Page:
July 20, 2024

Adventure Chronicles Forum

Navigating Travel Tales

Fully Booked: Travel books to guide your next vacation

2 min read

It’s summer, which means that it’s time for that hallowed tradition of summer vacation. I have many fond memories of piling into my parents’ light blue and fake-wood-paneled station wagon to hit the road. Many times that meant Adventureland (the sky seats! the swimming pool! the bingo parlor!), but we definitely also set out to see some great American sights: Devil’s Tower (I saw the prairie dogs!), Mt. Rushmore (which my mother referred to as “the faces” for the remainder of her life), Badlands National Park (where I discovered that I was afraid of heights) and Grand Teton National Park (I didn’t understand mountains and thought our station wagon would literally fall off if we went too high).

Other summers, we hitched our camper to the wagon and headed to Backbone or Pinicon Ridge state parks, both in Iowa, where each day would end with my then-favorite meal of hamburgers, baked beans, shoestring potato chips, and Wonder Bread cherry pies cooked in sandwich irons over the campfire.

OK, so I wasn’t the most adventurous kid. These days, though, I often peruse the library’s travel books to get inspiration and details on places I might like to visit. Yes, you can get a lot of travel info online, but there’s nothing like being lost in some alley in some city where you’ve got no signal, and pulling a travel guide or a map out of your bag that tells you how in the heck you get back to where you’re supposed to be. Plus, you’ve got to have somewhere to store all those museum tickets, rail passes and receipts for the best dessert ever.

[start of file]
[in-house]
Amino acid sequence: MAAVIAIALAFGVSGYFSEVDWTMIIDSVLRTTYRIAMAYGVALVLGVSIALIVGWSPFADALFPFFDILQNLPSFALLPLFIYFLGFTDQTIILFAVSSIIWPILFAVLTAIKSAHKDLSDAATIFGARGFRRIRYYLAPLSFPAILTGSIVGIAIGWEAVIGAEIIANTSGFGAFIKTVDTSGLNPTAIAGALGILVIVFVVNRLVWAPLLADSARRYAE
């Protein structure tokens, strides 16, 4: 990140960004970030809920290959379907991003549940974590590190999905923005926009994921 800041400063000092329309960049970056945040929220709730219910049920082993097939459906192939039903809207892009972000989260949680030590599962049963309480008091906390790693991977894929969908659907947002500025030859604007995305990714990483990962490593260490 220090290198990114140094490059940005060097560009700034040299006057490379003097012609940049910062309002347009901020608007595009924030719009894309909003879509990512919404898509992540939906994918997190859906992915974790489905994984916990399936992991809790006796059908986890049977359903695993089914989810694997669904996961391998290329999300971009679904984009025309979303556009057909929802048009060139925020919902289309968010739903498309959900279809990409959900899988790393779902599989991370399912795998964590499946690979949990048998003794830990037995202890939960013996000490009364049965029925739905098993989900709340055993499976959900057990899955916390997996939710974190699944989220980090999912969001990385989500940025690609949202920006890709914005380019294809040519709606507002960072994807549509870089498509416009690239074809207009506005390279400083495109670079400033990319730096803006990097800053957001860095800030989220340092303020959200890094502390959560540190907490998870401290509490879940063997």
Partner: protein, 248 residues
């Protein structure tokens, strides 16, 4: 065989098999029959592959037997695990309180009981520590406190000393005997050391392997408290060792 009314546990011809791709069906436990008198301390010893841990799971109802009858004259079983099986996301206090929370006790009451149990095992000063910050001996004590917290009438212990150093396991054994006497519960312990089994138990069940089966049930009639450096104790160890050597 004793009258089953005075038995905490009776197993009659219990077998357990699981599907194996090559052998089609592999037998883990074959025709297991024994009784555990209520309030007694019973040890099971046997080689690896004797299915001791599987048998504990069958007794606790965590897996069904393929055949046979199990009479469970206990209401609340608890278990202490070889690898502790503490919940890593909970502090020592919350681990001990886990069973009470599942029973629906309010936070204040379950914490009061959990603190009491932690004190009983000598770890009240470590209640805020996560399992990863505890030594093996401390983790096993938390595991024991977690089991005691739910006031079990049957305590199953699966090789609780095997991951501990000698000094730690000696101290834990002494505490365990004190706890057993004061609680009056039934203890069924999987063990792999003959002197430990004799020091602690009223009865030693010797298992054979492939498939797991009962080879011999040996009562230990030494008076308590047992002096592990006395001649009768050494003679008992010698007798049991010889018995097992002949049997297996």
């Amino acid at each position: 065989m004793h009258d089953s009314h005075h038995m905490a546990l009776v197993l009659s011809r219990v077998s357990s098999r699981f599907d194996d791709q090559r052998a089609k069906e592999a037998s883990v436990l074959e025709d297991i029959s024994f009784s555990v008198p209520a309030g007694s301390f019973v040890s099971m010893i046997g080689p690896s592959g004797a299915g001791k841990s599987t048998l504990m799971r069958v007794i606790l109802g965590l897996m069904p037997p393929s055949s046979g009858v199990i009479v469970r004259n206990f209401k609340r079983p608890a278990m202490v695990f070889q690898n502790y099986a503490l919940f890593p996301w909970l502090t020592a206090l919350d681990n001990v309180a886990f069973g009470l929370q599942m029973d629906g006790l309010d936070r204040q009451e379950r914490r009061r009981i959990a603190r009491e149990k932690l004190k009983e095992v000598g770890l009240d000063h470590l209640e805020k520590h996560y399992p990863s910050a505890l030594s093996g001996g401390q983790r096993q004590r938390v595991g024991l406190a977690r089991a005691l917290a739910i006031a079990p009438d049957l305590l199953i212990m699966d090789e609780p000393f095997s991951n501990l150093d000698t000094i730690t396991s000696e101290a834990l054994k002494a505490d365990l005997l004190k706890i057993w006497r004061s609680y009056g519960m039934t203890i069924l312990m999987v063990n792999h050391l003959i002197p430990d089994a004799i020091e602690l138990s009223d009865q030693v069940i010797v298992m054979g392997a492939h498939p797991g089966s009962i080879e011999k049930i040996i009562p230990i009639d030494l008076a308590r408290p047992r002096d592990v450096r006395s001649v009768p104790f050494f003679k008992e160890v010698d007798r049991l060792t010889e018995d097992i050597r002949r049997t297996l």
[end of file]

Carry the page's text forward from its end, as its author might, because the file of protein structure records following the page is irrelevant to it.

The Iowa City Public Library carries the big travel series for sure — Lonely Planet, Frommer’s, Fodor’s, Moon and the like. But we also venture out into the more curated books, which, depending on what your summer plans look like, might be exactly what you need. In the spirit of getting out into the great outdoors, I recommend Lonely Planet’s USA’s National Parks and Where Should We Camp Next? by Stephanie Puglisi. The first title is pretty straightforward, with all the required details and in-the-know info you expect from that publisher. Puglisi’s book takes the camping vibe even farther, looking at campgrounds and “unique outdoor accommodations” that are near national parks, monuments of interest and other scenic environs.

If you’re not settled on where to go, though, grab Andrew Nelson’s brand-new Here Not There: 100 Unexpected Travel Destinations and let your imagination roam free.

Whatever your summer holds for you in terms of vacation and travel, make the 910-919 call number range one of your destinations and grab some books!

Candice Smith has been librarian-ing for over 20 years, and recently vacationed in Aruba. This article was originally published in Little Village’s June 2024 issue.


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